Objective: Replicating HIV-1 in the brain is present in HIV encephalitis (HIVE) and microglial nodule encephalitis (MGNE) and is putatively linked with HIV-associated neurocognitive disorders (HAND). A cliniconeurovirological correlation was conducted to elucidate the relationship between brain viral load and clinical phenotype.
Subjects and assays: HIV gag/pol RNA and DNA copies were quantified with reverse transcriptase-polymerase chain reaction or polymerase chain reaction in 148 HAART-era brain specimens. Comparison with HAND, HIVE, and MGNE and correlation with neuropsychological (NP) test scores were done using one-way ANOVA with Tukey-Kramer and Spearman tests, respectively.
Results: Brain HIV RNA was higher in subjects with HAND plus HIVE versus without HAND (delta = 2.48 log10 units, n = 27 versus 36, P < 0.001). In HAND without HIVE or MGNE, brain HIV RNA was not significantly different versus without HAND (P = 0.314). Worse NP scores correlated significantly with higher HIV RNA and interferon responses in brain specimens (P < 0.001) but not with HIV RNA levels in premortem blood plasma (n = 114) or cerebrospinal fluid (n = 104). In subjects with MGNE, brain HIV RNA was slightly higher versus without MGNE (P < 0.01) and much lower versus with HIVE (P < 0.001).
Conclusions: Brain HIV RNA and to a lesser extent HIV DNA are correlated with worse NP performance in the 6 months before death. Linkage occurs primarily in patients with HIVE and MGNE, and these patients could obtain added NP improvement by further reducing brain HIV while on HAART. Patients not in those groups are less certain to obtain added NP benefit.
*Texas NeuroAIDS Research Center and Department of Pathology, University of Texas Medical Branch, Galveston, TX
†Manhattan HIV Brain Bank and Department of Neurology, Mount Sinai Medical Center, New York, NY
‡California NeuroAIDS Tissue Network, University of California, San Diego, La Jolla, CA
§Department of Pathology, University of Southern California, Los Angeles, CA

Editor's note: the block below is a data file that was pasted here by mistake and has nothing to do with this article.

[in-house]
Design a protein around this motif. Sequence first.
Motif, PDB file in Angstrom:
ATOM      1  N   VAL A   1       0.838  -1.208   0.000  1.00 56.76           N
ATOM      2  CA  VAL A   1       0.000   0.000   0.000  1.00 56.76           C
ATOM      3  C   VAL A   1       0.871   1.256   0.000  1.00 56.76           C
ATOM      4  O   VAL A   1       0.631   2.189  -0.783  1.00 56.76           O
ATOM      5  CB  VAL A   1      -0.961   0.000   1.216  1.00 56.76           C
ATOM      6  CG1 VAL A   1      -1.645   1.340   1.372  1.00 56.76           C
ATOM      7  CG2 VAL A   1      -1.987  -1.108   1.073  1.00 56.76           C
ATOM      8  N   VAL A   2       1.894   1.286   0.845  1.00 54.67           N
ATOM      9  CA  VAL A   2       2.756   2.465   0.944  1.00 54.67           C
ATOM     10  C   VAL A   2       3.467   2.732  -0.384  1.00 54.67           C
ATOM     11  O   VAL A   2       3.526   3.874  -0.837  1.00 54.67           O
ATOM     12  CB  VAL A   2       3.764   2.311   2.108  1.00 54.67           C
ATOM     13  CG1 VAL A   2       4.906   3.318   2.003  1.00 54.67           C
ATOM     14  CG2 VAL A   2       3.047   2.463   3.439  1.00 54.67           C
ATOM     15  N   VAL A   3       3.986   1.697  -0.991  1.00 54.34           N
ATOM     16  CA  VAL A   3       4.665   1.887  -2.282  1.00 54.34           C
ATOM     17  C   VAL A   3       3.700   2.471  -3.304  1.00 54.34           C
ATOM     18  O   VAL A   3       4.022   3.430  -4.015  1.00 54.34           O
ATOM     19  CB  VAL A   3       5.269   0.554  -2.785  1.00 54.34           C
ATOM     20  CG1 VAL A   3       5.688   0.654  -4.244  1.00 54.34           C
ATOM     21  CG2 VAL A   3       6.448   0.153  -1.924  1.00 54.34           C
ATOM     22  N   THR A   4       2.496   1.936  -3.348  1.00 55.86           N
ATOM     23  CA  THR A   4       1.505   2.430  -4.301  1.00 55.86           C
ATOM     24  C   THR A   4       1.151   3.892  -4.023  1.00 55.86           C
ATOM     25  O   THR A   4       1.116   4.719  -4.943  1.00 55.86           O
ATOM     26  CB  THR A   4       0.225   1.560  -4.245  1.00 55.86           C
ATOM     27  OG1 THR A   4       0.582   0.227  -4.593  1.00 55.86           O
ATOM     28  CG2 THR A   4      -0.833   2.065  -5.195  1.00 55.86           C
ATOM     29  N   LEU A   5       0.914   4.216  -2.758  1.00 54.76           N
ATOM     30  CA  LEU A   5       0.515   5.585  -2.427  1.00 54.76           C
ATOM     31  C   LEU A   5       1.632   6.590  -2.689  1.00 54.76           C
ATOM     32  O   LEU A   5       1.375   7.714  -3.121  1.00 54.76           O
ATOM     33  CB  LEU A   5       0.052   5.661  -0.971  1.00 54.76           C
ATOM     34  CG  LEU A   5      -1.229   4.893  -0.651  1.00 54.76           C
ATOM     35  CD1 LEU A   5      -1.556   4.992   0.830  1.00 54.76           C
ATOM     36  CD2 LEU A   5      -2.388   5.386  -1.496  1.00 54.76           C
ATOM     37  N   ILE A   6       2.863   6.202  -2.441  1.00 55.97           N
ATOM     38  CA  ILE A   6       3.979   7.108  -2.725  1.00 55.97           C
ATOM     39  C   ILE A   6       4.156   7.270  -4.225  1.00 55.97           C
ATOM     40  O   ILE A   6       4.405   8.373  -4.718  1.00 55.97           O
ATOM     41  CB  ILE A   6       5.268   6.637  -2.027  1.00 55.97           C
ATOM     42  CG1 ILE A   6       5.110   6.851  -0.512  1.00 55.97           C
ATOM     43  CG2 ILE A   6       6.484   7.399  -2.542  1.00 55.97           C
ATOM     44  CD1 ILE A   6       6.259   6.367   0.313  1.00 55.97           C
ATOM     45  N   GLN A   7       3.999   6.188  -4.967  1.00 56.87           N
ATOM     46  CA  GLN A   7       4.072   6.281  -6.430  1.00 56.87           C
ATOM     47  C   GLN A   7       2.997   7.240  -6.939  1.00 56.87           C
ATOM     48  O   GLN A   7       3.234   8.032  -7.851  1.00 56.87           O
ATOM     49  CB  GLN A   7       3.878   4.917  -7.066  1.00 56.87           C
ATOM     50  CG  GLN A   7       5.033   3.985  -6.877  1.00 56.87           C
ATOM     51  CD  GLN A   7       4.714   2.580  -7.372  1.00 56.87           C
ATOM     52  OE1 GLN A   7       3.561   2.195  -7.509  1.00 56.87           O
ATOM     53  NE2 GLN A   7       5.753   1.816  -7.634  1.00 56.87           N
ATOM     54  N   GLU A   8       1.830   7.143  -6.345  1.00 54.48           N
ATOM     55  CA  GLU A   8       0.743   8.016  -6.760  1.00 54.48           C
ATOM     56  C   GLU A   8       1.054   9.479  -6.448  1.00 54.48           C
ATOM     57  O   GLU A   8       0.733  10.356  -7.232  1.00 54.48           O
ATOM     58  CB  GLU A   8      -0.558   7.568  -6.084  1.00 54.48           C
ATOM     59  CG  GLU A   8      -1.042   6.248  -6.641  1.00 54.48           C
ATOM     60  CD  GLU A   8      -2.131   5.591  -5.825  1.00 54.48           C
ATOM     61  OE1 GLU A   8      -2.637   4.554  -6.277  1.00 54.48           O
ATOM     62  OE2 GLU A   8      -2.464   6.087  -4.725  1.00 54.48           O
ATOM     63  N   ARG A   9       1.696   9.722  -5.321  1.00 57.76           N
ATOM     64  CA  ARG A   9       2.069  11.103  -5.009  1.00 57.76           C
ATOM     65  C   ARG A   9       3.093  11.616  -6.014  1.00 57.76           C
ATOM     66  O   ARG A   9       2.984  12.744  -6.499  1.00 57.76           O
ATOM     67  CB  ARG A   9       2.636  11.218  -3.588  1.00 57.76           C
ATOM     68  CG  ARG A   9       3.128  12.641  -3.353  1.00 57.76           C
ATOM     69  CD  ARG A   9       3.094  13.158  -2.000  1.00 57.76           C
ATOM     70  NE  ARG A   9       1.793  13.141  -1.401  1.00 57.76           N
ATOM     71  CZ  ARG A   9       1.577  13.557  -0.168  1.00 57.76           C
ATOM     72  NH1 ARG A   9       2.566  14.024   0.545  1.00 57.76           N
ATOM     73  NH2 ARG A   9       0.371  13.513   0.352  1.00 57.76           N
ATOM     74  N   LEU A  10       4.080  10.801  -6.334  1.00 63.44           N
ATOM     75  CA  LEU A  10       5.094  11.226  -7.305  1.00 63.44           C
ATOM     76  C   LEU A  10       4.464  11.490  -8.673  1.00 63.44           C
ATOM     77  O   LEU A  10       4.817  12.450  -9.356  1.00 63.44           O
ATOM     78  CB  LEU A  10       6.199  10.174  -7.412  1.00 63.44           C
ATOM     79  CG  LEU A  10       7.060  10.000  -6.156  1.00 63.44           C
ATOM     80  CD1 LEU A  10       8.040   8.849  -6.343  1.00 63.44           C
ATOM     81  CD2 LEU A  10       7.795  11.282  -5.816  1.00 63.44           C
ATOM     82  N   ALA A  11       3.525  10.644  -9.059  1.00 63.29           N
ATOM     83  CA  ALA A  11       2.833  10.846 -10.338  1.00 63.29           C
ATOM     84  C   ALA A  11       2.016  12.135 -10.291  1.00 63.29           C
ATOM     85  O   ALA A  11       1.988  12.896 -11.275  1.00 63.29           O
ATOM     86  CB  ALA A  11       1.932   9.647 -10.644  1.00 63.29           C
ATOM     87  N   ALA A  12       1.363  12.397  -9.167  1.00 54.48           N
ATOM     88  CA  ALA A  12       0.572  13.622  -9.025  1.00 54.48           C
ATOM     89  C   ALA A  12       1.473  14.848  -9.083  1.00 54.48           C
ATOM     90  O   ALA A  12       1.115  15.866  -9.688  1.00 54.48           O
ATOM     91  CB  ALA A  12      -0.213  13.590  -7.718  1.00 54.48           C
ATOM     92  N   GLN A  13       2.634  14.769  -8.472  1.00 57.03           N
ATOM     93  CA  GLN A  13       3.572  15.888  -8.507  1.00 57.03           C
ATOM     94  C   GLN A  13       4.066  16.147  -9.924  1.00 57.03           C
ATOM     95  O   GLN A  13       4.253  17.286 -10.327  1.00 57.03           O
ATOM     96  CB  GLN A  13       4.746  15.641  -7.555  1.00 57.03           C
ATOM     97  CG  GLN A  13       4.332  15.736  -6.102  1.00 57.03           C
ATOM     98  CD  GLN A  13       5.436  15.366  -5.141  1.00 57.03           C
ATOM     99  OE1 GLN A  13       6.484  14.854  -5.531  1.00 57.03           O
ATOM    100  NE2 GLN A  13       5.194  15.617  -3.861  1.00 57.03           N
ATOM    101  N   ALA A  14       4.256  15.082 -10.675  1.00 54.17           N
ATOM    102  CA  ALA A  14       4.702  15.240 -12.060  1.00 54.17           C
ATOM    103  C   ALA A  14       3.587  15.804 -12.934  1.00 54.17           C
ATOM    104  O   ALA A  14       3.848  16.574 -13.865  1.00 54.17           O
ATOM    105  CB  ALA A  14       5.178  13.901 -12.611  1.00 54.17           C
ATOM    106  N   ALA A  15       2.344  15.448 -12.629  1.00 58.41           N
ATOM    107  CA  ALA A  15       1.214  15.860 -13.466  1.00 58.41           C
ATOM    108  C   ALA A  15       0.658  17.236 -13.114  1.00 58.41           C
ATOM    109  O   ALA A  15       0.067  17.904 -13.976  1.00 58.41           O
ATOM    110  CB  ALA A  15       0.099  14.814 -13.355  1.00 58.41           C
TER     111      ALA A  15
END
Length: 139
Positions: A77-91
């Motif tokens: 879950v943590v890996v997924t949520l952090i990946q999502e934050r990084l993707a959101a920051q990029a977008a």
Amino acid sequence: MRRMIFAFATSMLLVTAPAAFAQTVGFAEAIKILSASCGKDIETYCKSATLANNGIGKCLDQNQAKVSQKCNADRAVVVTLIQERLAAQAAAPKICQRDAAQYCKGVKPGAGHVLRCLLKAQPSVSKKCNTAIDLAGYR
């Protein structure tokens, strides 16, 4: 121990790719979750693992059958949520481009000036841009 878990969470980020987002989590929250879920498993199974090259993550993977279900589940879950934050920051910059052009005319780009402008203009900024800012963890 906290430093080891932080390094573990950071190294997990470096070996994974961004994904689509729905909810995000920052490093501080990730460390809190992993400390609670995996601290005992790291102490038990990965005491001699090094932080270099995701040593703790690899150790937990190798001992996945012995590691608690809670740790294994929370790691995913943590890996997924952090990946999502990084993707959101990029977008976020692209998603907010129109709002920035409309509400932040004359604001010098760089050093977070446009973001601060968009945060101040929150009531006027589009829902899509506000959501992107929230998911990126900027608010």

‖Department of Pharmacology and Experimental Neuroscience, University of Nebraska, Omaha, NE
¶Department of Neurology, University of Pennsylvania, Philadelphia, PA
#National Neurological AIDS Bank and Department of Neurology, University of California, Los Angeles, Los Angeles, CA
**Department of Biostatistics, Indiana University, Indianapolis, IN
††The EMMES Corporation, Rockville, MD.
Correspondence to: Benjamin B. Gelman, MD, PhD, Department of Pathology, University of Texas Medical Branch Route 0609, 3.118 Keiller Building, Galveston, TX 77555-0609 (e-mail: email@example.com).
The study was made possible in part due to the human specimen resources that were made available by the National NeuroAIDS Tissue Consortium (NNTC). The NNTC is supported by grants from the U.S. National Institutes of Health including U01 MH083507 and R24NS045091 (B.B.G., J.G.L., T.C., V.M.S.), U01 MH083506 and R24 MH059745 (I.G., E.M., C.L.A., D.J.M.), U01 MH083501 and R24 MH059724 (S.M.), U01 5U01MH083500 and R24 NS038841 (E.J.S. and D.C.), and U01 MH083545 and N01MH32002 (C.Y., G.G., S.S.) Additional support was provided by R01 MH79886 and R01 NS072005 (B.B.G., J.G.L., T.C., V.M.S., D.L.K.). For the remaining authors, no conflicts of interest were disclosed.
Supplemental digital content is available for this article. Direct URL citations appear in the printed text and are provided in the HTML and PDF versions of this article on the journal's Web site (www.jaids.com).
Received July 31, 2012
Accepted November 20, 2012